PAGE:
ecological system has been tossed off-balance by the
extractive activities yet they have not been
compensated for this adverse by-product of the oil
industry, notwithstanding considerable resources from
the oil companies for mitigation of environmental
impact and investments in social infrastructure. For
example, water contamination and improper waste
management have contributed to a diminution of
traditional means of livelihood (agriculture and
fishing) but there also has been very little modern
development (schools, roads, health clinics
industries) in the region.
10. Because of this adverse combination, the Delta has
seen more than its share of social unrest.
Frequently, this discontent is focused against the oil
companies. Protests and facility takeovers have
disrupted operations and put personnel in harm's way.
There is a history of kidnappings of oil company
personnel. These types of disturbances can
potentially disrupt an important source of oil for the
U.S. Because oil revenues constitute the vast
majority of Nigeria's national income, any major
unrest and sustained disruption of production could
hinder economic stability and growth in Nigeria.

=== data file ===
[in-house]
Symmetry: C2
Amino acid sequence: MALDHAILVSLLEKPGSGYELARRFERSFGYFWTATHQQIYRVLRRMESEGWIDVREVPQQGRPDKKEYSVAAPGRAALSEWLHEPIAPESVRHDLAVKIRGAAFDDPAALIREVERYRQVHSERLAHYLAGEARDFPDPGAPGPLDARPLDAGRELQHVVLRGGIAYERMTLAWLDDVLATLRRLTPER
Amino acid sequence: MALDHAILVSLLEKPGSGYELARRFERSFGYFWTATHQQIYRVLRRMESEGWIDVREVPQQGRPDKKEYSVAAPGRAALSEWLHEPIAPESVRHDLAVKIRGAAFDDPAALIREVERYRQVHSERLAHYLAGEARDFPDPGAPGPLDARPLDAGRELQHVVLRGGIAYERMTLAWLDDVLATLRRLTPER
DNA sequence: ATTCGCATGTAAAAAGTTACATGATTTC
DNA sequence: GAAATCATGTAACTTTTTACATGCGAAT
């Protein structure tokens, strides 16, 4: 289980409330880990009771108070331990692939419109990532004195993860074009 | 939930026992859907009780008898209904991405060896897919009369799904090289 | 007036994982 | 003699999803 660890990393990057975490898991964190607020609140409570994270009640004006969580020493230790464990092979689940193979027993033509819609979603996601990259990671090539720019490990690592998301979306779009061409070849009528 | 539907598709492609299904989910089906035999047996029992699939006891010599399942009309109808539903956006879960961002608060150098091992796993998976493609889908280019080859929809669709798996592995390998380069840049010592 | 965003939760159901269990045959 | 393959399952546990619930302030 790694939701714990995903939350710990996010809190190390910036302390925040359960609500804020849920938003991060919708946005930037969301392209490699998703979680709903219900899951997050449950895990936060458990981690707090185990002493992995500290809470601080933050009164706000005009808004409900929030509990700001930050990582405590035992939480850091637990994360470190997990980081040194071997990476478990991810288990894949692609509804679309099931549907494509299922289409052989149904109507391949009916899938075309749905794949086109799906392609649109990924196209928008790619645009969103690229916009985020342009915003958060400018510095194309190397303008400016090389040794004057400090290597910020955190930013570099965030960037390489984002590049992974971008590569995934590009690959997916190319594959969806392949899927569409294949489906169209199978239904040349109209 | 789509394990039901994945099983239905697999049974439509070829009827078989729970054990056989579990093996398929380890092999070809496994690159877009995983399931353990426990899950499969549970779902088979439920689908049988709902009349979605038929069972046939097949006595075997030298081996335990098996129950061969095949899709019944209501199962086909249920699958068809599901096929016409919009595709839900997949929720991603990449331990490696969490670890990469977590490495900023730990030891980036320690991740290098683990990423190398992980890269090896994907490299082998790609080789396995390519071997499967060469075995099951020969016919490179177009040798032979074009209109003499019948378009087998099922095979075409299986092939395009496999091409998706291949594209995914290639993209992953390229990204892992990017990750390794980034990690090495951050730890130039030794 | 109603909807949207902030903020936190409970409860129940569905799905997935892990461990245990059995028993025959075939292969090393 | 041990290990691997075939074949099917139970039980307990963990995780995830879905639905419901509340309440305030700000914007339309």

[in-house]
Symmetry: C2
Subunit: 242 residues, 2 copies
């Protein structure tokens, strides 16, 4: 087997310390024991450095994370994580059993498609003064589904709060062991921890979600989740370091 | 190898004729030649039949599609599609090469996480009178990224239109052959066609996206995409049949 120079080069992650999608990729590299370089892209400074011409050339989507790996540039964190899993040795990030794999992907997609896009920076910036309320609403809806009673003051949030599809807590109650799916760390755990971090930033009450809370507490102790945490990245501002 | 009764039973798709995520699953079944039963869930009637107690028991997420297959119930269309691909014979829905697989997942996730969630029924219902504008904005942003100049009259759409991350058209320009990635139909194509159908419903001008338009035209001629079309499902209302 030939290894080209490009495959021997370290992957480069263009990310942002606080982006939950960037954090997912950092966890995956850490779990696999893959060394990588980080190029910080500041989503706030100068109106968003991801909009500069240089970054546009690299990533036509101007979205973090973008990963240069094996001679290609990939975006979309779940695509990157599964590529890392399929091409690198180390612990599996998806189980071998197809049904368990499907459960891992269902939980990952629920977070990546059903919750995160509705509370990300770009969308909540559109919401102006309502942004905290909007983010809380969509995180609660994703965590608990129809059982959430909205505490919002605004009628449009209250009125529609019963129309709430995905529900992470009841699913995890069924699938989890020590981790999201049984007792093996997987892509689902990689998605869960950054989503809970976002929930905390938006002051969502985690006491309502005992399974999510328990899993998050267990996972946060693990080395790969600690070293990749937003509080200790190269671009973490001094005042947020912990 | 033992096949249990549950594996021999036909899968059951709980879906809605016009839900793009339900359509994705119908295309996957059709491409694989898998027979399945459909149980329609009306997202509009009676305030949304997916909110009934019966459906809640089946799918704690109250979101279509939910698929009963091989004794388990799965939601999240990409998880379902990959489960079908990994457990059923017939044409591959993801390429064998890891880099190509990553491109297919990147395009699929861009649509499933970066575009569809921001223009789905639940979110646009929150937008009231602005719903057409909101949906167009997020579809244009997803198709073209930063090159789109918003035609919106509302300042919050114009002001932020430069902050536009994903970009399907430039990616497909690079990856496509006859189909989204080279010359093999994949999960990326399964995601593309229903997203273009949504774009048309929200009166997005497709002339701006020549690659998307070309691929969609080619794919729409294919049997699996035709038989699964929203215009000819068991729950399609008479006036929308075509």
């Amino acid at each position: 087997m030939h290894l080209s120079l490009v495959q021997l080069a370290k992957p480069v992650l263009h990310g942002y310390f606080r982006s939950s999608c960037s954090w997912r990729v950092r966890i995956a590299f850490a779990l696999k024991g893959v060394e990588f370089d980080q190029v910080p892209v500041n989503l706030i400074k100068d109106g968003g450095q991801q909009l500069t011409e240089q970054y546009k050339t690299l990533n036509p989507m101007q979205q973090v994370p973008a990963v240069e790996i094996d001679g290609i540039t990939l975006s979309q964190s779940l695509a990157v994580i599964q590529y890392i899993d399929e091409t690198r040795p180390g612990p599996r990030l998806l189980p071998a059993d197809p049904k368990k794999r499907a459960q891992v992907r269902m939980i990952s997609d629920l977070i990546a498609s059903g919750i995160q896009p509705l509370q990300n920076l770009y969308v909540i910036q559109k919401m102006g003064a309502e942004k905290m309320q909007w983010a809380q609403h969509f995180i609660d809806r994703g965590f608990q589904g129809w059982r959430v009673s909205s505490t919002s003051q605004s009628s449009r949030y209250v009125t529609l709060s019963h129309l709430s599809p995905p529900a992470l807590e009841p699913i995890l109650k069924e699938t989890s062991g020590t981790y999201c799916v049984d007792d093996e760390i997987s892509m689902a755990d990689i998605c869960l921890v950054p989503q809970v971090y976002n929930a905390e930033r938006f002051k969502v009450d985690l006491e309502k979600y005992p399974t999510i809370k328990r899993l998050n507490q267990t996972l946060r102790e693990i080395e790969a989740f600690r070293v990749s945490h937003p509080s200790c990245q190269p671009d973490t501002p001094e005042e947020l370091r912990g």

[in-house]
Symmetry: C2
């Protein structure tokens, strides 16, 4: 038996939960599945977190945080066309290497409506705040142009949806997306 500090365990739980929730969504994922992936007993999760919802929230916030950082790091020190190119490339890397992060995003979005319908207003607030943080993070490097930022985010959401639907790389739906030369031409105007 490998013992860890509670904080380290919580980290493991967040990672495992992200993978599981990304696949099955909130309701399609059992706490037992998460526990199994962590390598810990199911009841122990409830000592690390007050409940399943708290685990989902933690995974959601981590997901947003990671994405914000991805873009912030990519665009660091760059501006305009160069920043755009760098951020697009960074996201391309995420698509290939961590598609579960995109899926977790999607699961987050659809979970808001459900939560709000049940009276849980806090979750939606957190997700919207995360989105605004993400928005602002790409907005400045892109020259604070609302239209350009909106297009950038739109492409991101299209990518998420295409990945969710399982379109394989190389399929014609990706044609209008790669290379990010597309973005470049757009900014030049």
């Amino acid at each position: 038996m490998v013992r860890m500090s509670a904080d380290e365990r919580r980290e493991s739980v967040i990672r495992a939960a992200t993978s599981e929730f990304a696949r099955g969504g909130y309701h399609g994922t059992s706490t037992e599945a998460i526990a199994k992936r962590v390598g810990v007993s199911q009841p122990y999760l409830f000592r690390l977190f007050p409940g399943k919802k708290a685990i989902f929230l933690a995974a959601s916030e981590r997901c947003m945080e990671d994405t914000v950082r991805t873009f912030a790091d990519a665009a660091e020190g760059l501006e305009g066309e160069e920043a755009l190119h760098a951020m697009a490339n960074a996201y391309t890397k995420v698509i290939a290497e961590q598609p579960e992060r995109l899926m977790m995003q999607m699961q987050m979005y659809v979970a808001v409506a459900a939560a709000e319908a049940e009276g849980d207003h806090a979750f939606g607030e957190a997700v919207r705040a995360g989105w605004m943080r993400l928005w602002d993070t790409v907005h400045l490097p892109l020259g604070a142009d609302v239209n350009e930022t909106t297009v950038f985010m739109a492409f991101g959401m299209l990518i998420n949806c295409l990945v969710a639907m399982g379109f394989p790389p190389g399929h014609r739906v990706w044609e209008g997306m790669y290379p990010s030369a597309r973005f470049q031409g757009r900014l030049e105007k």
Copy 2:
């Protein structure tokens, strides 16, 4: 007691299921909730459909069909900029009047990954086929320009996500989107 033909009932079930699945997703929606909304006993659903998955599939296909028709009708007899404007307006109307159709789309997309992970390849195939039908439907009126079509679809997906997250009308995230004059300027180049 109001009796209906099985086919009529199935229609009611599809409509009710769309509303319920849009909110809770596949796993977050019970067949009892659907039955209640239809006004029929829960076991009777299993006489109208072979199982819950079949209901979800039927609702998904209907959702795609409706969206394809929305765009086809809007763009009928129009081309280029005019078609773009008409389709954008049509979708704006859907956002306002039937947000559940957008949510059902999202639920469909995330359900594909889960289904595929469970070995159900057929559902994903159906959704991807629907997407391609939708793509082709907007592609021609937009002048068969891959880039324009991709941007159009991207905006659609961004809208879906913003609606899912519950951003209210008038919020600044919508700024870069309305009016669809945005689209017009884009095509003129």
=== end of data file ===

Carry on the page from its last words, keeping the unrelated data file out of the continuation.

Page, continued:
Additionally, the competition for scarce local
resources by the Delta's inhabitants has led to
persistent inter-ethnic clashes. These clashes
undermine political stability and democratization.
Last, although the U.S. oil companies in the Delta are
private sector operations, they represent the United
States to local residents. The extent we work with the
local populace, government and the oil companies to
address environmental and developmental concerns, the
better will be our relationship and the greater our
influence here. Key project objectives are to:
--Build a quality local private sector environmental
services industry to more adequately address major
environmental needs in the Delta;
--Develop a center of excellence at Port Harcourt
University's Institute of Environmental Studies to
provide entrepreneurial and skills training to
strengthen and expanded the private sector
environmental services industry;
--Create a youth employment and training program for
the local private sector environmental services
--Urge private sector energy companies such as Shell,
ExxonMobil, Chevron and others to contract with local
private sector environmental firms assisted through